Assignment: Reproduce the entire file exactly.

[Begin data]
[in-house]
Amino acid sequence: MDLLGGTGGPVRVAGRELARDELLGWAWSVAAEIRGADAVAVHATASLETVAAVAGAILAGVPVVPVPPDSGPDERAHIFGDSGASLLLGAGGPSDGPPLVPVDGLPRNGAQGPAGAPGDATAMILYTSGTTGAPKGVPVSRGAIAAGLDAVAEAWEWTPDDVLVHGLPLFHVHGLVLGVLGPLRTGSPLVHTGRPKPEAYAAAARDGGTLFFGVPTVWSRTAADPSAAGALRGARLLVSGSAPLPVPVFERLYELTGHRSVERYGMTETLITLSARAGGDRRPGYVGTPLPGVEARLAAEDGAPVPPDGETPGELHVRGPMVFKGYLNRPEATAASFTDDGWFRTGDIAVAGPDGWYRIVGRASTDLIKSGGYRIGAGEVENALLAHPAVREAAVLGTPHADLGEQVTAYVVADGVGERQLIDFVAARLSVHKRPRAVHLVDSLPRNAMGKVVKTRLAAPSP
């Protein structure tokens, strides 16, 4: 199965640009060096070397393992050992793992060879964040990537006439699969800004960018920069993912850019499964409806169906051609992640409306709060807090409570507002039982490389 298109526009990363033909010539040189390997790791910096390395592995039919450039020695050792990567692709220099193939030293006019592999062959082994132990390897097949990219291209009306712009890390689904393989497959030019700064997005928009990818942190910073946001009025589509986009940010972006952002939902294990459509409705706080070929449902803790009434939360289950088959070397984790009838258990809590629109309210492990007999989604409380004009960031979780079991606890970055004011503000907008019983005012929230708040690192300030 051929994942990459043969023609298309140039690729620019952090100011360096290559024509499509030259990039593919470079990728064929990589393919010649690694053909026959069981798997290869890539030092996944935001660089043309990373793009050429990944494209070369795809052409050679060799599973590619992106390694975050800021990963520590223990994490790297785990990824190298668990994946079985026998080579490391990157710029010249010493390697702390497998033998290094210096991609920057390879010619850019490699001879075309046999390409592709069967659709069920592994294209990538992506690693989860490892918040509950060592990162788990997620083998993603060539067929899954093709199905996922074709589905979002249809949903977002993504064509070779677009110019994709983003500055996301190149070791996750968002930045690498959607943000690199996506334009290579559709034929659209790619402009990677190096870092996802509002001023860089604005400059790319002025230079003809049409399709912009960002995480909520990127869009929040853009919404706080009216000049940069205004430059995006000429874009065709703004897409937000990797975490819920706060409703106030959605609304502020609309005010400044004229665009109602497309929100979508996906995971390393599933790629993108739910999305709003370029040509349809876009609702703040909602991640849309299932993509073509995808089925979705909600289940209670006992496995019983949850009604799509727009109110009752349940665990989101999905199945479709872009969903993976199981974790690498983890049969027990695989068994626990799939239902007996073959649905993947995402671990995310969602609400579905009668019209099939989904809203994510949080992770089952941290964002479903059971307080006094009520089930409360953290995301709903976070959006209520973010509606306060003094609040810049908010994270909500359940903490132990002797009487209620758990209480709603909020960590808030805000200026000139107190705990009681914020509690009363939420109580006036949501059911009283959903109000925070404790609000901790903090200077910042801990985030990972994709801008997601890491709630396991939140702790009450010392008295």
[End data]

[in-house]
Amino acid sequence: MDLLGGTGGPVRVAGRELARDELLGWAWSVAAEIRGADAVAVHATASLETVAAVAGAILAGVPVVPVPPDSGPDERAHIFGDSGASLLLGAGGPSDGPPLVPVDGLPRNGAQGPAGAPGDATAMILYTSGTTGAPKGVPVSRGAIAAGLDAVAEAWEWTPDDVLVHGLPLFHVHGLVLGVLGPLRTGSPLVHTGRPKPEAYAAAARDGGTLFFGVPTVWSRTAADPSAAGALRGARLLVSGSAPLPVPVFERLYELTGHRSVERYGMTETLITLSARAGGDRRPGYVGTPLPGVEARLAAEDGAPVPPDGETPGELHVRGPMVFKGYLNRPEATAASFTDDGWFRTGDIAVAGPDGWYRIVGRASTDLIKSGGYRIGAGEVENALLAHPAVREAAVLGTPHADLGEQVTAYVVADGVGERQLIDFVAARLSVHKRPRAVHLVDSLPRNAMGKVVKTRLAAPSP
């Protein structure tokens, strides 16, 4: 199965640009060096070397393992050992793992060879964040990537006439699969800004960018920069993912850019499964409806169906051609992640409306709060807090409570507002039982490389 298109526009990363033909010539040189390997790791910096390395592995039919450039020695050792990567692709220099193939030293006019592999062959082994132990390897097949990219291209009306712009890390689904393989497959030019700064997005928009990818942190910073946001009025589509986009940010972006952002939902294990459509409705706080070929449902803790009434939360289950088959070397984790009838258990809590629109309210492990007999989604409380004009960031979780079991606890970055004011503000907008019983005012929230708040690192300030 051929994942990459043969023609298309140039690729620019952090100011360096290559024509499509030259990039593919470079990728064929990589393919010649690694053909026959069981798997290869890539030092996944935001660089043309990373793009050429990944494209070369795809052409050679060799599973590619992106390694975050800021990963520590223990994490790297785990990824190298668990994946079985026998080579490391990157710029010249010493390697702390497998033998290094210096991609920057390879010619850019490699001879075309046999390409592709069967659709069920592994294209990538992506690693989860490892918040509950060592990162788990997620083998993603060539067929899954093709199905996922074709589905979002249809949903977002993504064509070779677009110019994709983003500055996301190149070791996750968002930045690498959607943000690199996506334009290579559709034929659209790619402009990677190096870092996802509002001023860089604005400059790319002025230079003809049409399709912009960002995480909520990127869009929040853009919404706080009216000049940069205004430059995006000429874009065709703004897409937000990797975490819920706060409703106030959605609304502020609309005010400044004229665009109602497309929100979508996906995971390393599933790629993108739910999305709003370029040509349809876009609702703040909602991640849309299932993509073509995808089925979705909600289940209670006992496995019983949850009604799509727009109110009752349940665990989101999905199945479709872009969903993976199981974790690498983890049969027990695989068994626990799939239902007996073959649905993947995402671990995310969602609400579905009668019209099939989904809203994510949080992770089952941290964002479903059971307080006094009520089930409360953290995301709903976070959006209520973010509606306060003094609040810049908010994270909500359940903490132990002797009487209620758990209480709603909020960590808030805000200026000139107190705990009681914020509690009363939420109580006036949501059911009283959903109000925070404790609000901790903090200077910042801990985030990972994709801008997601890491709630396991939140702790009450010392008295």